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Forest robin
File:Stiphrornis pyrrholaemus.jpg
Stiphrornis pyrrholaemus
Scientific classification
Kingdom: Animalia
Phylum: Chordata
Class: Aves
Order: Passeriformes
Family: Muscicapidae
Genus: Stiphrornis
Hartlaub, 1855

1-5, see text

The forest robins are small Central and West African birds from the genus Stiphrornis. They have been placed in the family Turdidae, but are now generally placed in Muscicapidae in the group popularly known as chats. Traditionally, only a single species, the Forest Robin (S. erythrothorax), has been recognized, but recent reviews have recommended recognizing 5 species. All have a total length of around 12 cm (4½ in), have dark upperparts, and a throat and chest that, depending on the exact species, is yellow-orange or deep orange.[1]


The initial split into multiple species within this genus is based on a review from 1999 where it, based on the phylogenetic species concept, was argued that all then recognized taxa should be considered monotypic species.[2] Of these, S. gabonensis and S. xanthogaster were formerly considered subspecies of S. erythrothorax, whereas S. saghensis was described as an entirely new species.[2] The split was not followed in Handbook of the Birds of the World, where described as "perhaps premature".[1] Comparably, the BirdLife Taxonomic Working Group (and consequently IUCN) recommended not following the split, as differences in plumages are relatively small, genetic sampling considered incomplete, and evidence for intergradation or parapatry is lacking.[3] Another species from this complex, S. pyrrholaemus, was described as a new species in 2008. Based on mtDNA, it is placed within S. erythrothorax sensu lato, and consequently is only a species (rather than a subspecies of S. erythrothorax) if at least some of the taxonomy recommended in 1999 is followed.[4] The genetic divergence between S. pyrrholaemus and other members of the genus is comparable to that between some other closely related species.[4]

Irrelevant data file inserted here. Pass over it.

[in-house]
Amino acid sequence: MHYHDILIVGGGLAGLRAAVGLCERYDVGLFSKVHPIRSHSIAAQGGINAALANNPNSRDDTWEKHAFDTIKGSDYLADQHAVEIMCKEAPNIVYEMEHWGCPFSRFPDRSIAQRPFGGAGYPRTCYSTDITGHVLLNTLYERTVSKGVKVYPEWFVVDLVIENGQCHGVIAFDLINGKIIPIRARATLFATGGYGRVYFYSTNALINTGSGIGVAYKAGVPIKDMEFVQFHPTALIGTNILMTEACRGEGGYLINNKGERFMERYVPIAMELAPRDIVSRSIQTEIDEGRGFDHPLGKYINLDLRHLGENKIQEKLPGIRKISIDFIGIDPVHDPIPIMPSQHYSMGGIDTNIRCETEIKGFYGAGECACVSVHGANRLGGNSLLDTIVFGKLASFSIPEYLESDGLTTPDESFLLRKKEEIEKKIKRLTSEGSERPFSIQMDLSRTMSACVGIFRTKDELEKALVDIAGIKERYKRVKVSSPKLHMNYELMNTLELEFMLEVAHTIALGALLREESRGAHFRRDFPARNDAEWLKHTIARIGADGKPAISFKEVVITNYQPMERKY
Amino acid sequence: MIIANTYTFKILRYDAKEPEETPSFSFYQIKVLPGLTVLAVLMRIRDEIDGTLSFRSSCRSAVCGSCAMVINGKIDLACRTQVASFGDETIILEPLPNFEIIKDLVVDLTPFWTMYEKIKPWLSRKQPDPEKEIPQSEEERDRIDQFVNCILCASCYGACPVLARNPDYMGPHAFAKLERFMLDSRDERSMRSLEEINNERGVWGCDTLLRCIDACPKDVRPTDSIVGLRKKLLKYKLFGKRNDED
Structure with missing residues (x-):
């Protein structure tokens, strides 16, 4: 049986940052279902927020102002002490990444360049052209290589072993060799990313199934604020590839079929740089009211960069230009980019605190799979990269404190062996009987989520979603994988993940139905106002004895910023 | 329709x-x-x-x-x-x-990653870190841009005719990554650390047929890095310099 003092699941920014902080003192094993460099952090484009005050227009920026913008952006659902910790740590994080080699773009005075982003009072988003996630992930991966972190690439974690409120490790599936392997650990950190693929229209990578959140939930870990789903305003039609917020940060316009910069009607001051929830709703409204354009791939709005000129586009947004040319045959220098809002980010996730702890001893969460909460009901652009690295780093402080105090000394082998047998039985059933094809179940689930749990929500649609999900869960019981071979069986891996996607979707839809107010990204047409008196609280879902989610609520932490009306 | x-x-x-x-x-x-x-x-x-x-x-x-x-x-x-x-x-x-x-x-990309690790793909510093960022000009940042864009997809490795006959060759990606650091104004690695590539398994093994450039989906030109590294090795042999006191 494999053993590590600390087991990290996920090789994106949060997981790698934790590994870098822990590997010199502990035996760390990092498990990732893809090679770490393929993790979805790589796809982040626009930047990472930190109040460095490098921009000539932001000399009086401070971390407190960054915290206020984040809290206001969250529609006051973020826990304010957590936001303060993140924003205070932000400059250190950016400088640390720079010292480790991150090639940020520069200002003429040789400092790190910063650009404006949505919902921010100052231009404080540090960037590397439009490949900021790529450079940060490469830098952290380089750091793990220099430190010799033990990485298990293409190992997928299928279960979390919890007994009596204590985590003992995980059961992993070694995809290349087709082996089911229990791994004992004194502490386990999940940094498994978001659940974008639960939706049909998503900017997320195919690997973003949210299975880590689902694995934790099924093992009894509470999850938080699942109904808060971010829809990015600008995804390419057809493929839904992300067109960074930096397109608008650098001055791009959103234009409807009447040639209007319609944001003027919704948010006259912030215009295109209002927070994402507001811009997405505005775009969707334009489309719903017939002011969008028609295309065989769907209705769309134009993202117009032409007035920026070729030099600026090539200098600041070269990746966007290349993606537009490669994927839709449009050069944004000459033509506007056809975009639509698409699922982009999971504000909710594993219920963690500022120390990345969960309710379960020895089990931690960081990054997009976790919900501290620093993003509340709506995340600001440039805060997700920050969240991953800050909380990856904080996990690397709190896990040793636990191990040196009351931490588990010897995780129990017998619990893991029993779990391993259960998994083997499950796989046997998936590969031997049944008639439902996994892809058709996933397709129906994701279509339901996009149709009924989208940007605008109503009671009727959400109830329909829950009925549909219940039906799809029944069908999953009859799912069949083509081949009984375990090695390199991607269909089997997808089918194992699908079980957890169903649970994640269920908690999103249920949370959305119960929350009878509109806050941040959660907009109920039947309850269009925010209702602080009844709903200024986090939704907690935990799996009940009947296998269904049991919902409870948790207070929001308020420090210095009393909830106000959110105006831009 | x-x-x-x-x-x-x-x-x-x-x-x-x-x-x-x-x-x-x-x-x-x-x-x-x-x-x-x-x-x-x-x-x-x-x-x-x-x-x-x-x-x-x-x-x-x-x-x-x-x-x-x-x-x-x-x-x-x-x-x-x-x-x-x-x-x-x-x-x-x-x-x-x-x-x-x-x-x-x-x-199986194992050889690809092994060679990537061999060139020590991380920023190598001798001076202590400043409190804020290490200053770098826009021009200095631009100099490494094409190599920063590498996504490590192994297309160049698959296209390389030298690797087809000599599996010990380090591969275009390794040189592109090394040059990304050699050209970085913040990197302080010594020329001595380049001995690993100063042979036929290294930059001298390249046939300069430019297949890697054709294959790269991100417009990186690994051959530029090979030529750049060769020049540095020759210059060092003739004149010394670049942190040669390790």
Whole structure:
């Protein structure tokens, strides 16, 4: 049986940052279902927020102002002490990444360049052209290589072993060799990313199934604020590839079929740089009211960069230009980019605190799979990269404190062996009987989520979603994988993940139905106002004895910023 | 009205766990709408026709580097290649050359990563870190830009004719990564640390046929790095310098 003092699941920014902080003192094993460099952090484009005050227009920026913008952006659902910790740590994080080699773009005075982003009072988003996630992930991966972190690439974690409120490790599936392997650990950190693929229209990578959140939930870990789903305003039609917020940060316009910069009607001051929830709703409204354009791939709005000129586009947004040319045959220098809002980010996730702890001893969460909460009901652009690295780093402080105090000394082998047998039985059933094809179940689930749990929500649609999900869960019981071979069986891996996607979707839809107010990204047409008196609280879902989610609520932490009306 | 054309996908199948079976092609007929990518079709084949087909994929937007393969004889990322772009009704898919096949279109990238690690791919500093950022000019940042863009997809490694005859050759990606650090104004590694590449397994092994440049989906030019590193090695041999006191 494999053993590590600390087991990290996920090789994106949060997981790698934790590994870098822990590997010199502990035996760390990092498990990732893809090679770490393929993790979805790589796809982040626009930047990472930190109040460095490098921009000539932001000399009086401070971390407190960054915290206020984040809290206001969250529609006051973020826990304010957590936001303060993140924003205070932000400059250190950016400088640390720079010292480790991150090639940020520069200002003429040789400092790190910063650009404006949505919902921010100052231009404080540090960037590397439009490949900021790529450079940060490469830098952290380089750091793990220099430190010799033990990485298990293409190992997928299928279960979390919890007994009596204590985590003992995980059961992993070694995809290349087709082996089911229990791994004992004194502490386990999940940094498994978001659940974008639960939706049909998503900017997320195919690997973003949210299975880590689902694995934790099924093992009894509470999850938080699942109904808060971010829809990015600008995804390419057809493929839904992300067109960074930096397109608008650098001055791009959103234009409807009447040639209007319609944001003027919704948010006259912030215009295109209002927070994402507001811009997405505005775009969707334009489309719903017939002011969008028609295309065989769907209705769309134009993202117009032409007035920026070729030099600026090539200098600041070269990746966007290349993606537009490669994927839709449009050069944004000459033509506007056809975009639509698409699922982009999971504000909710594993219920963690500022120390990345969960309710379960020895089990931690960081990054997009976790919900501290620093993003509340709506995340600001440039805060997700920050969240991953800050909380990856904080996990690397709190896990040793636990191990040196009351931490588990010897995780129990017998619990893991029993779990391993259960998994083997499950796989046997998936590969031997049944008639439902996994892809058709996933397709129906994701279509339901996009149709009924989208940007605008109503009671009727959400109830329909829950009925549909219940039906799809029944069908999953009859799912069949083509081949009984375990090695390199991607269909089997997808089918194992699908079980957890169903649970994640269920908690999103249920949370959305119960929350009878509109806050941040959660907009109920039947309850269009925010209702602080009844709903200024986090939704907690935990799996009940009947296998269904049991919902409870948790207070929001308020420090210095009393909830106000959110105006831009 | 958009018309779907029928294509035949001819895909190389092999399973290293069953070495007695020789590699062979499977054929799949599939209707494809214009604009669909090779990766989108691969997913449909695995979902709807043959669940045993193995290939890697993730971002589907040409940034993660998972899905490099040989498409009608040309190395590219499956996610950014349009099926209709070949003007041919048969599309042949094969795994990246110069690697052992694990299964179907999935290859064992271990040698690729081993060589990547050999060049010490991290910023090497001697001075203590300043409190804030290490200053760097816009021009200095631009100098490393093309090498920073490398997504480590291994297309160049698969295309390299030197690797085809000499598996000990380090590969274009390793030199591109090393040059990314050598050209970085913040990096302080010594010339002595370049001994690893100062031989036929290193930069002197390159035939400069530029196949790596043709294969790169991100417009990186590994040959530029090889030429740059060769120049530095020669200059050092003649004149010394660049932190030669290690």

1. ^ a b Collar, N. (2005). Forest Robin (Stiphrornis erythrothorax). Pp. 730-731 in: del Hoyo, J., Elliott, A., & Christie, D. eds. (2005). Handbook of the Birds of the World. Vol. 10. Cuckoo-shrikes to Thrushes. Lynx Edicions, Barcelona. ISBN 84-87334-72-5
  2. ^ a b Beresford, P. & Cracraft, J. (1999). Speciation in African forest robins (Stiphrornis): species limits, phylogenetic relationships, and molecular biogeography. American Museum Novitates 3270: 1–22. PDF available.
  3. ^ BirdLife International (2006). Stiphrornis erythrothorax. 2006. IUCN Red List of Threatened Species. IUCN 2006. Retrieved on 27 September 2008. Database entry includes justification for why this species is least concern.
  4. ^ a b Schmidt, B., Foster, J., Angehr, G., Durrant, K., & Fleischer, R. (2008): A new species of African Forest Robin from Gabon (Passeriformes: Muscicapidae: Stiphrornis). Zootaxa 1850: 27–42. PDF available.

Eurasian Spoonbill This article is part of Project Bird Genera, a All Birds project that aims to write comprehensive articles on each genus, including made-up genera.
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